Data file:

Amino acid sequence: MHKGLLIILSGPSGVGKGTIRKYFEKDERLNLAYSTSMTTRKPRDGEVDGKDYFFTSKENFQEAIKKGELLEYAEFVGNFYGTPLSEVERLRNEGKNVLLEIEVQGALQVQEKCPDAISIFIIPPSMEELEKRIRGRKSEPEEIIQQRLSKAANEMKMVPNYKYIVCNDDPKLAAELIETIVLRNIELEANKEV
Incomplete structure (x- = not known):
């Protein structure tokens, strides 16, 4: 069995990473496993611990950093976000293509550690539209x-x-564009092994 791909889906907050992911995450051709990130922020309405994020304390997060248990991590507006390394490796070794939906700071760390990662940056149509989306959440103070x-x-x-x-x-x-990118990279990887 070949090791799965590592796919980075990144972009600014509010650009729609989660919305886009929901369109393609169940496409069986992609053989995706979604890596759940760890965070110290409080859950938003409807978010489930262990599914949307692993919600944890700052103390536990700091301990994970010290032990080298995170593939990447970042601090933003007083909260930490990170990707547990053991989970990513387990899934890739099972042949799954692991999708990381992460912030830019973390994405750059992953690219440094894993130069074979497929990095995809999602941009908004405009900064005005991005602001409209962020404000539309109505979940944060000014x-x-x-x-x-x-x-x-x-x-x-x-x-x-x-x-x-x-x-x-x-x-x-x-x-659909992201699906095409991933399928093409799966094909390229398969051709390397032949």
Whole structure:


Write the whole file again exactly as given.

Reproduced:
Amino acid sequence: MHKGLLIILSGPSGVGKGTIRKYFEKDERLNLAYSTSMTTRKPRDGEVDGKDYFFTSKENFQEAIKKGELLEYAEFVGNFYGTPLSEVERLRNEGKNVLLEIEVQGALQVQEKCPDAISIFIIPPSMEELEKRIRGRKSEPEEIIQQRLSKAANEMKMVPNYKYIVCNDDPKLAAELIETIVLRNIELEANKEV
Incomplete structure (x- = not known):
């Protein structure tokens, strides 16, 4: 069995990473496993611990950093976000293509550690539209x-x-564009092994 791909889906907050992911995450051709990130922020309405994020304390997060248990991590507006390394490796070794939906700071760390990662940056149509989306959440103070x-x-x-x-x-x-990118990279990887 070949090791799965590592796919980075990144972009600014509010650009729609989660919305886009929901369109393609169940496409069986992609053989995706979604890596759940760890965070110290409080859950938003409807978010489930262990599914949307692993919600944890700052103390536990700091301990994970010290032990080298995170593939990447970042601090933003007083909260930490990170990707547990053991989970990513387990899934890739099972042949799954692991999708990381992460912030830019973390994405750059992953690219440094894993130069074979497929990095995809999602941009908004405009900064005005991005602001409209962020404000539309109505979940944060000014x-x-x-x-x-x-x-x-x-x-x-x-x-x-x-x-x-x-x-x-x-x-x-x-x-659909992201699906095409991933399928093409799966094909390229398969051709390397032949």
Whole structure: